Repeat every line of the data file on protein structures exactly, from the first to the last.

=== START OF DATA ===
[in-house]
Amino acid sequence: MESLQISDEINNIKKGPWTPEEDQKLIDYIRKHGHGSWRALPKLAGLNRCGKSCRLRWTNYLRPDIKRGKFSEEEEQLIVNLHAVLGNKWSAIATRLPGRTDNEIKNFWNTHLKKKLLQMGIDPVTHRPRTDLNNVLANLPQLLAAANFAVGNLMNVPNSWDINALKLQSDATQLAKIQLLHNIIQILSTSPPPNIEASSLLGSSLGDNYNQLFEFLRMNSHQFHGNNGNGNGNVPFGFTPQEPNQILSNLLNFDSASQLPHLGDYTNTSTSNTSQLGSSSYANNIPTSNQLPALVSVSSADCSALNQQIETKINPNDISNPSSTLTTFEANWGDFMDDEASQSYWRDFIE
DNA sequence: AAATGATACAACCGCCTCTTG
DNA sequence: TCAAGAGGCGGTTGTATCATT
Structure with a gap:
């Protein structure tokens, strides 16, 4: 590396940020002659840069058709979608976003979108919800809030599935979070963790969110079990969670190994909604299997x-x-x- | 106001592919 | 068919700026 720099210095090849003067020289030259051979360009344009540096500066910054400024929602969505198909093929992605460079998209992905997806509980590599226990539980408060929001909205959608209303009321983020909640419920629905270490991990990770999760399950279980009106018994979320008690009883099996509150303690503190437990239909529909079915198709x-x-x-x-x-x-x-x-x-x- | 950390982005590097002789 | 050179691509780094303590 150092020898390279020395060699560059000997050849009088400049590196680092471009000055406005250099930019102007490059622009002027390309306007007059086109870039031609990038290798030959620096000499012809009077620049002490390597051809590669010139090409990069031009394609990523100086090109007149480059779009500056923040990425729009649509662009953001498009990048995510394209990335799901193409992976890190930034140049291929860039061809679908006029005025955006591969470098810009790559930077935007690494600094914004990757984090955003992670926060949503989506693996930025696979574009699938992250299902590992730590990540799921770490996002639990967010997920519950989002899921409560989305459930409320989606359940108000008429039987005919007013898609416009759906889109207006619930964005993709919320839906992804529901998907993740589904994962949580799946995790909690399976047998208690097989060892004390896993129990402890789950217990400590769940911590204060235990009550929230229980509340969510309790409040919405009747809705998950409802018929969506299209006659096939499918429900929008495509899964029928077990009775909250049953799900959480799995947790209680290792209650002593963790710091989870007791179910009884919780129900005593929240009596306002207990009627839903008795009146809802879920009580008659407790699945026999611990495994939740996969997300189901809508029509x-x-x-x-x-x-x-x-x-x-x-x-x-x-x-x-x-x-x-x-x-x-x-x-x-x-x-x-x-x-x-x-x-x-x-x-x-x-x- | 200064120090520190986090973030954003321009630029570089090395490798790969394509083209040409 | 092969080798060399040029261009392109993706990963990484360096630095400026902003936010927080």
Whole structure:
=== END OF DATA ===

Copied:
[in-house]
Amino acid sequence: MESLQISDEINNIKKGPWTPEEDQKLIDYIRKHGHGSWRALPKLAGLNRCGKSCRLRWTNYLRPDIKRGKFSEEEEQLIVNLHAVLGNKWSAIATRLPGRTDNEIKNFWNTHLKKKLLQMGIDPVTHRPRTDLNNVLANLPQLLAAANFAVGNLMNVPNSWDINALKLQSDATQLAKIQLLHNIIQILSTSPPPNIEASSLLGSSLGDNYNQLFEFLRMNSHQFHGNNGNGNGNVPFGFTPQEPNQILSNLLNFDSASQLPHLGDYTNTSTSNTSQLGSSSYANNIPTSNQLPALVSVSSADCSALNQQIETKINPNDISNPSSTLTTFEANWGDFMDDEASQSYWRDFIE
DNA sequence: AAATGATACAACCGCCTCTTG
DNA sequence: TCAAGAGGCGGTTGTATCATT
Structure with a gap:
């Protein structure tokens, strides 16, 4: 590396940020002659840069058709979608976003979108919800809030599935979070963790969110079990969670190994909604299997x-x-x- | 106001592919 | 068919700026 720099210095090849003067020289030259051979360009344009540096500066910054400024929602969505198909093929992605460079998209992905997806509980590599226990539980408060929001909205959608209303009321983020909640419920629905270490991990990770999760399950279980009106018994979320008690009883099996509150303690503190437990239909529909079915198709x-x-x-x-x-x-x-x-x-x- | 950390982005590097002789 | 050179691509780094303590 150092020898390279020395060699560059000997050849009088400049590196680092471009000055406005250099930019102007490059622009002027390309306007007059086109870039031609990038290798030959620096000499012809009077620049002490390597051809590669010139090409990069031009394609990523100086090109007149480059779009500056923040990425729009649509662009953001498009990048995510394209990335799901193409992976890190930034140049291929860039061809679908006029005025955006591969470098810009790559930077935007690494600094914004990757984090955003992670926060949503989506693996930025696979574009699938992250299902590992730590990540799921770490996002639990967010997920519950989002899921409560989305459930409320989606359940108000008429039987005919007013898609416009759906889109207006619930964005993709919320839906992804529901998907993740589904994962949580799946995790909690399976047998208690097989060892004390896993129990402890789950217990400590769940911590204060235990009550929230229980509340969510309790409040919405009747809705998950409802018929969506299209006659096939499918429900929008495509899964029928077990009775909250049953799900959480799995947790209680290792209650002593963790710091989870007791179910009884919780129900005593929240009596306002207990009627839903008795009146809802879920009580008659407790699945026999611990495994939740996969997300189901809508029509x-x-x-x-x-x-x-x-x-x-x-x-x-x-x-x-x-x-x-x-x-x-x-x-x-x-x-x-x-x-x-x-x-x-x-x-x-x-x- | 200064120090520190986090973030954003321009630029570089090395490798790969394509083209040409 | 092969080798060399040029261009392109993706990963990484360096630095400026902003936010927080």
Whole structure: